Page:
CFL Fails To Secure $30M In Federal Funding
The Canadian Football League’s board of directors will reportedly convene on Monday in order to come up with a viable survival plan as well as to determine how to best approach an abbreviated 2020 season given that no financial assistance from federal government could be secured.
According to information reportedly leaked by two independent anonymous sources, government has not been able to provide the CFL with the $30 million loan it previously requested it be granted free of interest. The proposed terms of the loan proved problematic, said the sources of the alleged denial.
Securing Money An Ongoing Battle
This will not have been the first time the league had failed at securing interest-free financial assistance. The CFL in July rejected a loan offered to it by Canada’s Business Development Bank, and for the very same reason, being that the quoted interest had been considered “over the top” by the league.
Monday’s planned meeting is now rumoured a mere formality for the purpose of wrapping up the current season. The league has on several occasions emphasised the fact that without a financial lifeline extended by federal government, there would be no abbreviated 2020 season.
According to yet another anonymous source claiming to have inside CFL information, the league’s financial affairs are currently in such a state that even if an abbreviated 2020 season were indeed somehow possible, the CFL would still have to weather losses upwards of $50 million.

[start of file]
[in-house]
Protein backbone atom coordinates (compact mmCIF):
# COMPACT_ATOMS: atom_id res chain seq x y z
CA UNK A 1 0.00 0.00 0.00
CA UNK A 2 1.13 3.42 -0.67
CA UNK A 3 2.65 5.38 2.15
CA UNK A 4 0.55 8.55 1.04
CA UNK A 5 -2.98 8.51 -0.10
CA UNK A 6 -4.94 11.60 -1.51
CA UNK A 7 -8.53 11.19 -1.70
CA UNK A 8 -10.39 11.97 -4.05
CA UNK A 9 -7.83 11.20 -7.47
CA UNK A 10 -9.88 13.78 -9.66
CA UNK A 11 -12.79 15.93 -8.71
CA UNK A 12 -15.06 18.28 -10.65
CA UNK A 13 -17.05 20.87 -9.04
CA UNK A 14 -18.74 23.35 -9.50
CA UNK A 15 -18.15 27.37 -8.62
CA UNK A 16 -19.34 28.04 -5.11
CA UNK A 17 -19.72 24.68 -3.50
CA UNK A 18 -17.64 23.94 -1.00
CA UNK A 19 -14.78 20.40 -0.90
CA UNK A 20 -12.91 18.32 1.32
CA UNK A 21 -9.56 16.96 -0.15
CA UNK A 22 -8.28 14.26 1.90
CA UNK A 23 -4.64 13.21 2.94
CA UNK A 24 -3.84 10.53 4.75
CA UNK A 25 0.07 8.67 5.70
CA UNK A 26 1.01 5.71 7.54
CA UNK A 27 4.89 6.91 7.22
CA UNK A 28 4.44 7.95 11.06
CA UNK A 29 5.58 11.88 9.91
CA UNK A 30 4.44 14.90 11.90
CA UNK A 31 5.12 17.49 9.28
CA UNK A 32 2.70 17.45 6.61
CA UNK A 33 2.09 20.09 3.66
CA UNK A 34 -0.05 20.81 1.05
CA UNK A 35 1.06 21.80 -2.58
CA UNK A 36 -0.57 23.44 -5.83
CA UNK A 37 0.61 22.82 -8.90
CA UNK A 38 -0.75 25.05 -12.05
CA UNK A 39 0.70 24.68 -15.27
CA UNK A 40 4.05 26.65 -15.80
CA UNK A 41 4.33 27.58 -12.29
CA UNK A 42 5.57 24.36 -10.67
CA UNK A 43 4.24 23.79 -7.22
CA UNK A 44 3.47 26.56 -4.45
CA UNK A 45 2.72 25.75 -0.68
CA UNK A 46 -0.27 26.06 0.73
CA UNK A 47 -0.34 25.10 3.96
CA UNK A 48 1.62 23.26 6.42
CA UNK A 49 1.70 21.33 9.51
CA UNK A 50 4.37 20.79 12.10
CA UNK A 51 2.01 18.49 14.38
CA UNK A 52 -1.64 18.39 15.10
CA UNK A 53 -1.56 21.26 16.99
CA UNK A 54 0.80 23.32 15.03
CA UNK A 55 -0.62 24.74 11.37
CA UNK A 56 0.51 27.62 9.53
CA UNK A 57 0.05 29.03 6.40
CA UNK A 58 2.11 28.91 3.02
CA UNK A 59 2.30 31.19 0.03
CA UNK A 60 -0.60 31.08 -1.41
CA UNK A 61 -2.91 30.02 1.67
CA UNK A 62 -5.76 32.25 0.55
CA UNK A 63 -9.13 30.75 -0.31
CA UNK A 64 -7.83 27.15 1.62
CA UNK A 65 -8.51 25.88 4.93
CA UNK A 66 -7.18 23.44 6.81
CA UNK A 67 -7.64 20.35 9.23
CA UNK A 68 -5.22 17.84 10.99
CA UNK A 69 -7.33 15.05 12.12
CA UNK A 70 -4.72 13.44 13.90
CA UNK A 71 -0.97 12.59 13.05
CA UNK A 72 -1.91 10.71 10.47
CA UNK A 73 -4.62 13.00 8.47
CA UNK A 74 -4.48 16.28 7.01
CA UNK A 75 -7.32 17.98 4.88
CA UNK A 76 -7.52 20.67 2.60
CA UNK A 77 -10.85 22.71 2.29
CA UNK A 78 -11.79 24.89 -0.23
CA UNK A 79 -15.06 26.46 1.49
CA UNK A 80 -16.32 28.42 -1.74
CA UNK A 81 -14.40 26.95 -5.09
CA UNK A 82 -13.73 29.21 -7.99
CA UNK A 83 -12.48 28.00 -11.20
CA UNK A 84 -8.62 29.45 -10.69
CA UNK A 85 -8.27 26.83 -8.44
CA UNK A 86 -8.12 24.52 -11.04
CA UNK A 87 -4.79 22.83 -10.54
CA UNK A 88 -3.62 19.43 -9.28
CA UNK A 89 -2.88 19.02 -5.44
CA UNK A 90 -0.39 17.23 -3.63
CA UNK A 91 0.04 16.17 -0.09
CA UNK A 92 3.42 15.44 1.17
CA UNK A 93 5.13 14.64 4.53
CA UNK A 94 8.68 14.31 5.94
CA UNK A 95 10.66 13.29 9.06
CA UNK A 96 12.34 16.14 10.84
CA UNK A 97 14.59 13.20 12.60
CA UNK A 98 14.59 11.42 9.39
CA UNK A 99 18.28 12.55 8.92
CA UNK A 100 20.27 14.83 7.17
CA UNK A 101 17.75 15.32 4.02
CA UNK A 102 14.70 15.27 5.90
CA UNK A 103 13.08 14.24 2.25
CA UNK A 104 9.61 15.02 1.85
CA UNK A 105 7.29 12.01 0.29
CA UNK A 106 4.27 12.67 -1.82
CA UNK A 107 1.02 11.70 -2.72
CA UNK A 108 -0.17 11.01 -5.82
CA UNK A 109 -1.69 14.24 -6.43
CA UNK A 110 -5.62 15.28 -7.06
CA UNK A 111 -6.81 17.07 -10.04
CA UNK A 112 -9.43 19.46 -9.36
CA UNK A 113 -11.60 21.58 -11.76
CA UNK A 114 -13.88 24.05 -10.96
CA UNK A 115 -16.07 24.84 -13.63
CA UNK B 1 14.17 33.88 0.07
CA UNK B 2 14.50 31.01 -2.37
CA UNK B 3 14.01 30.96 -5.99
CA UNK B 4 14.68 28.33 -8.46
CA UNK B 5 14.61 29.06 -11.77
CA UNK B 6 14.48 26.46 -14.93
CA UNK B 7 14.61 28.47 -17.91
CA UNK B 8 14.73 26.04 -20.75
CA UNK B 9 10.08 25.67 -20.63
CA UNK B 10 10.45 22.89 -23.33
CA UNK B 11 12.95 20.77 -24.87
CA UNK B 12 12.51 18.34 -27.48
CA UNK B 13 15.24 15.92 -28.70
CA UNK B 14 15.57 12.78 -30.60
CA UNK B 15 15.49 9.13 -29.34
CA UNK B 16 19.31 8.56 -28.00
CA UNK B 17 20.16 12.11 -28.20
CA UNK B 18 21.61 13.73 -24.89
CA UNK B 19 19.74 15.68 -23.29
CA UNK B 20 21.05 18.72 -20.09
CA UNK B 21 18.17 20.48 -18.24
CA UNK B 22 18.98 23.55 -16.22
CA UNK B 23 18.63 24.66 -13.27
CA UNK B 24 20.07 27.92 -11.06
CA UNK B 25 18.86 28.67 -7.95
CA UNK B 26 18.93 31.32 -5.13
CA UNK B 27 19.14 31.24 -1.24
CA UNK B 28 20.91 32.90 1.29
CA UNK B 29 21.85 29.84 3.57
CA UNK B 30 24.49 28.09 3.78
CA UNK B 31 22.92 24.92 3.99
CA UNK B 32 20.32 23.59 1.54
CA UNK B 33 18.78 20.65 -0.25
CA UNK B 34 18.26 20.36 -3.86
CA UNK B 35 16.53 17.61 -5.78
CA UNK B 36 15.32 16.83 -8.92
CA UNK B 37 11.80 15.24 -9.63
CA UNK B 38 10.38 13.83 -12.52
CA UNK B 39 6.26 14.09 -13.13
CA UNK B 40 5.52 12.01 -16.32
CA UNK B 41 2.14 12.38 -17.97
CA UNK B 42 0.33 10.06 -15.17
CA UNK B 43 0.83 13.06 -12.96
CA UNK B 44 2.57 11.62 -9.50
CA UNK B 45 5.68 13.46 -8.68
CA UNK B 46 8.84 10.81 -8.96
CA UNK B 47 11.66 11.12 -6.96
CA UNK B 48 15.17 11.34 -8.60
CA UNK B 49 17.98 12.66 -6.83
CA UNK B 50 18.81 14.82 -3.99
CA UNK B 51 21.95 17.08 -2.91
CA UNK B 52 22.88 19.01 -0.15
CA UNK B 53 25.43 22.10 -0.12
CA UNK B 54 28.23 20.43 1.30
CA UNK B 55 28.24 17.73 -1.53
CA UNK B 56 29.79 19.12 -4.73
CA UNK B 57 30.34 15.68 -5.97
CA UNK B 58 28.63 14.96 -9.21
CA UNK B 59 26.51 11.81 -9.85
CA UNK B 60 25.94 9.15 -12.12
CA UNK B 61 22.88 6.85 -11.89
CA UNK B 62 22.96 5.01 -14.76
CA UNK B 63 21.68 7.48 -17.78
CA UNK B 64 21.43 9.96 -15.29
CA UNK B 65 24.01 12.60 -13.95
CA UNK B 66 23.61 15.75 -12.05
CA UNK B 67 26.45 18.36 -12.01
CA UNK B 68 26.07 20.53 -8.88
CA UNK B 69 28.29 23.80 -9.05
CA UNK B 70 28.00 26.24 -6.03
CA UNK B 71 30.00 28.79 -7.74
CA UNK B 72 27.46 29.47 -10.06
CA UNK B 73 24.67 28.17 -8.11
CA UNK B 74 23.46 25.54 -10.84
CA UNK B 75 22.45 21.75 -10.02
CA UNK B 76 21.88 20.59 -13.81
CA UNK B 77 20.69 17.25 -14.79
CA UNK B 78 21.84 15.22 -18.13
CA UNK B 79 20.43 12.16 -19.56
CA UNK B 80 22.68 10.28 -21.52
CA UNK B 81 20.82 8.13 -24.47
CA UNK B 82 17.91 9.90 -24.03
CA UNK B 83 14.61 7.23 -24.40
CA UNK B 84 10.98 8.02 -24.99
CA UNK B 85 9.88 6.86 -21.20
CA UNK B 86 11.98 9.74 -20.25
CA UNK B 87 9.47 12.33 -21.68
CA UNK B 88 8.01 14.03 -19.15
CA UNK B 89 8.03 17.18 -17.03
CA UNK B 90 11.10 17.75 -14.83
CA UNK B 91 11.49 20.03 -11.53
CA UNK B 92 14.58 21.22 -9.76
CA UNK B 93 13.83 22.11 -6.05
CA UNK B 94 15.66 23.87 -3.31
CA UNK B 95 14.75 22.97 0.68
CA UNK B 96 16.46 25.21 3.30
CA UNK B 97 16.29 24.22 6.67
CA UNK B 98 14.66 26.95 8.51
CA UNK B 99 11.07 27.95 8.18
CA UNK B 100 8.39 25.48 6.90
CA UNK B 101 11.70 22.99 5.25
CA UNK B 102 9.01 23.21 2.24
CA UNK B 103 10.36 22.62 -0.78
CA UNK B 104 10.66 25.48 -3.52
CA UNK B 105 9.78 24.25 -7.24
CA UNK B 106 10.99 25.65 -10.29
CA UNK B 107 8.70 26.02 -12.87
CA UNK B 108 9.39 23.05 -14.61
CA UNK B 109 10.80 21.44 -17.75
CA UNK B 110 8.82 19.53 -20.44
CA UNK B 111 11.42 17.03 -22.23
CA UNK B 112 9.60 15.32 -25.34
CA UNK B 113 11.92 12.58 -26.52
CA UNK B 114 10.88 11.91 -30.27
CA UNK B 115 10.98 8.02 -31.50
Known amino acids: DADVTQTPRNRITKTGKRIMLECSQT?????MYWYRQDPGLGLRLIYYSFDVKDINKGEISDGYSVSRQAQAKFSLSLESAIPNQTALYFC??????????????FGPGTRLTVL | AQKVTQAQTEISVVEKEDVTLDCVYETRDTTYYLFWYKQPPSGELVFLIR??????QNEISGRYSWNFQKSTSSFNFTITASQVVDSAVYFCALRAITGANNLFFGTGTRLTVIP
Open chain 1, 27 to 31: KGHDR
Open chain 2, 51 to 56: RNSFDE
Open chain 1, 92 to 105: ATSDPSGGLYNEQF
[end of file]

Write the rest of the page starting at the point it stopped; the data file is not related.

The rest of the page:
Considering the $60 million it stands to lose if no football were to be played during what little remains of this season, it all seems hardly worth the effort of players having to spend extended periods of time in quarantine, make their way to hub-city Winnipeg, and playing a shortened 6-week-long 2020 campaign.
Funding One Of Many Problems
But a lack of funding, from federal government or otherwise, isn’t the CFL’s only major pre-abbreviated-season hurdle in need of a reasonable clear. The league has also yet to reach an agreement with the CFLPA (Canadian Football League Players’ Association) relating to the signing into force of a mutually acceptable collective bargaining agreement.
The CFL relies heavily on tickets sales in order to fund its day-to-day operations and overheads. This alone makes it nearly impossible to pull of any sort of season within the context of no sports being played in front of large crowds for the duration of the summer.
The regular Canadian football season was supposed to have kicked off already on June 11.